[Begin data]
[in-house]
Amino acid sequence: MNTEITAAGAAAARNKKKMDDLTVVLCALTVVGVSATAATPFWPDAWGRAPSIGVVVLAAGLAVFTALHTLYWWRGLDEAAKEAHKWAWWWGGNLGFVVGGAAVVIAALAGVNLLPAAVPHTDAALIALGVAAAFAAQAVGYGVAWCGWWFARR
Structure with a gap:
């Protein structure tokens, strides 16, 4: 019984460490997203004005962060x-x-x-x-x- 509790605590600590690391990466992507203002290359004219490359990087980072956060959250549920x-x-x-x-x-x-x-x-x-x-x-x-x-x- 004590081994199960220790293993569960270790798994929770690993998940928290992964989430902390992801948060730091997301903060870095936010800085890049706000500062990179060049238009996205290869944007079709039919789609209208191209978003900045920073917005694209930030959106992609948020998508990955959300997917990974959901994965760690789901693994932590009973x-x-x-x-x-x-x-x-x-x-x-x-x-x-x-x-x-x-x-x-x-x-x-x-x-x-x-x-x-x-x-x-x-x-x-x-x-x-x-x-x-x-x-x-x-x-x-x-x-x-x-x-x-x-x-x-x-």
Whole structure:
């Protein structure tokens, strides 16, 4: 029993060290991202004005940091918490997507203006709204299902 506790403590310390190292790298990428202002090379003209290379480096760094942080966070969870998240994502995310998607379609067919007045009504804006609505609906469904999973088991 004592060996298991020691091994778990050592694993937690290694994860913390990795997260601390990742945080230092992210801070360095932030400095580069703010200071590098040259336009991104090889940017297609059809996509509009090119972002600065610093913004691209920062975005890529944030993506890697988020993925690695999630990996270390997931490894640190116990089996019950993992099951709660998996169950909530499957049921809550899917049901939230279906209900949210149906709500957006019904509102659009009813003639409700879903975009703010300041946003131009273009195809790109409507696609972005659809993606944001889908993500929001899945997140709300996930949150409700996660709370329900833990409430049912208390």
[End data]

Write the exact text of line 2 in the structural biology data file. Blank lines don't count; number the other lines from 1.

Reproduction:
Amino acid sequence: MNTEITAAGAAAARNKKKMDDLTVVLCALTVVGVSATAATPFWPDAWGRAPSIGVVVLAAGLAVFTALHTLYWWRGLDEAAKEAHKWAWWWGGNLGFVVGGAAVVIAALAGVNLLPAAVPHTDAALIALGVAAAFAAQAVGYGVAWCGWWFARR